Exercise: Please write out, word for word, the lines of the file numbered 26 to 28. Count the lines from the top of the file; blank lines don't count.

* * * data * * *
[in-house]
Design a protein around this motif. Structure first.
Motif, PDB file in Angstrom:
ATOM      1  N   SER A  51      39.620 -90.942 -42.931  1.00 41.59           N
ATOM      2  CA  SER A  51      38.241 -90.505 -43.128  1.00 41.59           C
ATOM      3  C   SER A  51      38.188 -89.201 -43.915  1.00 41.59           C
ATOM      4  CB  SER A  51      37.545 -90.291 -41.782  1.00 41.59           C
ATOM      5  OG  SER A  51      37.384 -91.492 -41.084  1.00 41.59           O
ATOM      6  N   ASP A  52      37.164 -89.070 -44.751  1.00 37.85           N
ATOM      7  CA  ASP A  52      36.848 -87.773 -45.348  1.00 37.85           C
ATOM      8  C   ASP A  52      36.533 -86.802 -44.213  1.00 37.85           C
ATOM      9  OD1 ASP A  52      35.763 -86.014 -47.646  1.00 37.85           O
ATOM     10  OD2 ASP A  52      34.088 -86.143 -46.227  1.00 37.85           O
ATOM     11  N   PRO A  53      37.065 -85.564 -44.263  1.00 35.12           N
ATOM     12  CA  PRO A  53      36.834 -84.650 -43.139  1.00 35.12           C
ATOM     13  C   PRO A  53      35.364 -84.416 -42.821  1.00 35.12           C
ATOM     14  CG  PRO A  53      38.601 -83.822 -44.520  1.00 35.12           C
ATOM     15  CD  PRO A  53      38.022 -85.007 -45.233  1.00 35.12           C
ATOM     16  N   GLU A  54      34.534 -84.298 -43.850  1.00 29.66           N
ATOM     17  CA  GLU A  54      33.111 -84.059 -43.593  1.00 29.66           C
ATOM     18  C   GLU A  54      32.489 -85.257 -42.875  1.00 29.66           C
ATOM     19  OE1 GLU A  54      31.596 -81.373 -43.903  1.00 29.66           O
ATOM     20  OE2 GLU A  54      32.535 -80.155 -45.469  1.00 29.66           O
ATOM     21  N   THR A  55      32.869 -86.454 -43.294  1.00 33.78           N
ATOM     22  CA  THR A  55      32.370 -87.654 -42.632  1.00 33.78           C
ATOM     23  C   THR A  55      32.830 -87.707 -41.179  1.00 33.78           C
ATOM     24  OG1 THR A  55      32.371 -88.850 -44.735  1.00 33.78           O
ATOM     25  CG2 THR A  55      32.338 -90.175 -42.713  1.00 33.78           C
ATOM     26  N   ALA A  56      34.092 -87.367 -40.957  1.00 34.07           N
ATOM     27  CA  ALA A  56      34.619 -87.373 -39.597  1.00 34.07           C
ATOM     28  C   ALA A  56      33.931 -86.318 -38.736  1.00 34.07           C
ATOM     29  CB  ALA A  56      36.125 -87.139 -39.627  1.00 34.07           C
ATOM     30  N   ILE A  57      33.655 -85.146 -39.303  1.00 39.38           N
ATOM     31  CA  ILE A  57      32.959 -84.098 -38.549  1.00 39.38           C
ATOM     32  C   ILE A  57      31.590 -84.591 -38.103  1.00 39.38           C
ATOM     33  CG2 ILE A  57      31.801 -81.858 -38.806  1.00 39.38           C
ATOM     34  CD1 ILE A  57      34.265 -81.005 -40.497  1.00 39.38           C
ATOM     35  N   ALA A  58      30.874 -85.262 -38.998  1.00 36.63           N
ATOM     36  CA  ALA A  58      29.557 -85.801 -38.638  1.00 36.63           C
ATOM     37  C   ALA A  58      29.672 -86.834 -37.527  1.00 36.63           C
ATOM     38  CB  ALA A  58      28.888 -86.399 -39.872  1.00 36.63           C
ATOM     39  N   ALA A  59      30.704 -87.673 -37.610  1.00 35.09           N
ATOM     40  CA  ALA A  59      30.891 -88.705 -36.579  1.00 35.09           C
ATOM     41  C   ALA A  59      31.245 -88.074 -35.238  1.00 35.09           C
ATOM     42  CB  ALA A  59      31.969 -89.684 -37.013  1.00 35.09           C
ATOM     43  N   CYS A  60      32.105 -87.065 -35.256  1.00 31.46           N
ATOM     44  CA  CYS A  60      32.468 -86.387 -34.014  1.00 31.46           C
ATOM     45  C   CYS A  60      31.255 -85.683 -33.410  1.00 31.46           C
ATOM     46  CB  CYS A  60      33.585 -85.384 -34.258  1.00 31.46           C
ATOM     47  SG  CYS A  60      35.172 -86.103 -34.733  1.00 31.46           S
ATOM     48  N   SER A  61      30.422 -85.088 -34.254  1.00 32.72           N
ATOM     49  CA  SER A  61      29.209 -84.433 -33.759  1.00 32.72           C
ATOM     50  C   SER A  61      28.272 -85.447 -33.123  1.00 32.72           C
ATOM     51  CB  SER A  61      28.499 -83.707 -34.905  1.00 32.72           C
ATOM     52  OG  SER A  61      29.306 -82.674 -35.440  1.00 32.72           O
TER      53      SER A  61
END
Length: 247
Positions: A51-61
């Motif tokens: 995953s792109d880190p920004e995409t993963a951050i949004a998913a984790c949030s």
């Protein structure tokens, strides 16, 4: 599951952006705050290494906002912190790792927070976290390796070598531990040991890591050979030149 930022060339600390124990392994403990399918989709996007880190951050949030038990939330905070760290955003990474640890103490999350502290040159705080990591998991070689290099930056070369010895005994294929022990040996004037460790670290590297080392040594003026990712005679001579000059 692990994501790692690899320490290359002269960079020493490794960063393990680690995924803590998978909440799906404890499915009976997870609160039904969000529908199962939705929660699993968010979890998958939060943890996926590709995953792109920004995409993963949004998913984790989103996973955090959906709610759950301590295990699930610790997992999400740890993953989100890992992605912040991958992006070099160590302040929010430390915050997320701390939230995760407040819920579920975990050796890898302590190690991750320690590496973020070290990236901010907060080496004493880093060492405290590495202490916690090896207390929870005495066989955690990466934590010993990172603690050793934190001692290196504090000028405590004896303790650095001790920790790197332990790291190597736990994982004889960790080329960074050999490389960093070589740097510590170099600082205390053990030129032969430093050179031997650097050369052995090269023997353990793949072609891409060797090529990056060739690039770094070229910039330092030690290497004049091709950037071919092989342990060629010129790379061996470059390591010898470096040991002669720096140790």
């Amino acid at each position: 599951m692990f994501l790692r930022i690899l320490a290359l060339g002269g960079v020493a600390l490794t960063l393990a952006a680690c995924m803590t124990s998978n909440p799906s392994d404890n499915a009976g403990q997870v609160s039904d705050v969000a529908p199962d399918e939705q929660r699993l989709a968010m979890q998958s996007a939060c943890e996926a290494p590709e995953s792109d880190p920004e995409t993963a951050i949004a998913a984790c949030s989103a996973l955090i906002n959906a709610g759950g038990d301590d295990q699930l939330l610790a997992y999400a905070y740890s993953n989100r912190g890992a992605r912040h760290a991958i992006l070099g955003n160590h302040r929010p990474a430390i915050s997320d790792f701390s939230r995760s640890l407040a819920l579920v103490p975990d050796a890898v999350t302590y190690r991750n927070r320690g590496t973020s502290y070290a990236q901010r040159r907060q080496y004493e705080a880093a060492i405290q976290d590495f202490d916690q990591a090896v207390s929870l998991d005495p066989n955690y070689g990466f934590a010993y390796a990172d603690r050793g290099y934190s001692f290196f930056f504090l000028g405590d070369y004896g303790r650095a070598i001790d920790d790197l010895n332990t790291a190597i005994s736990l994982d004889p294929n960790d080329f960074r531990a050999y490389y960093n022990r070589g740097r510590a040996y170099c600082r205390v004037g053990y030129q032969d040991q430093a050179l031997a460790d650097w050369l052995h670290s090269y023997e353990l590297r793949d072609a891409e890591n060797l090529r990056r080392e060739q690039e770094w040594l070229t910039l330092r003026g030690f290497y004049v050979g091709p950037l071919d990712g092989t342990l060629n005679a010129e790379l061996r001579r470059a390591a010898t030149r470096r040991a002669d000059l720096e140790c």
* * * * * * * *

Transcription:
ATOM     23  C   THR A  55      32.830 -87.707 -41.179  1.00 33.78           C
ATOM     24  OG1 THR A  55      32.371 -88.850 -44.735  1.00 33.78           O
ATOM     25  CG2 THR A  55      32.338 -90.175 -42.713  1.00 33.78           C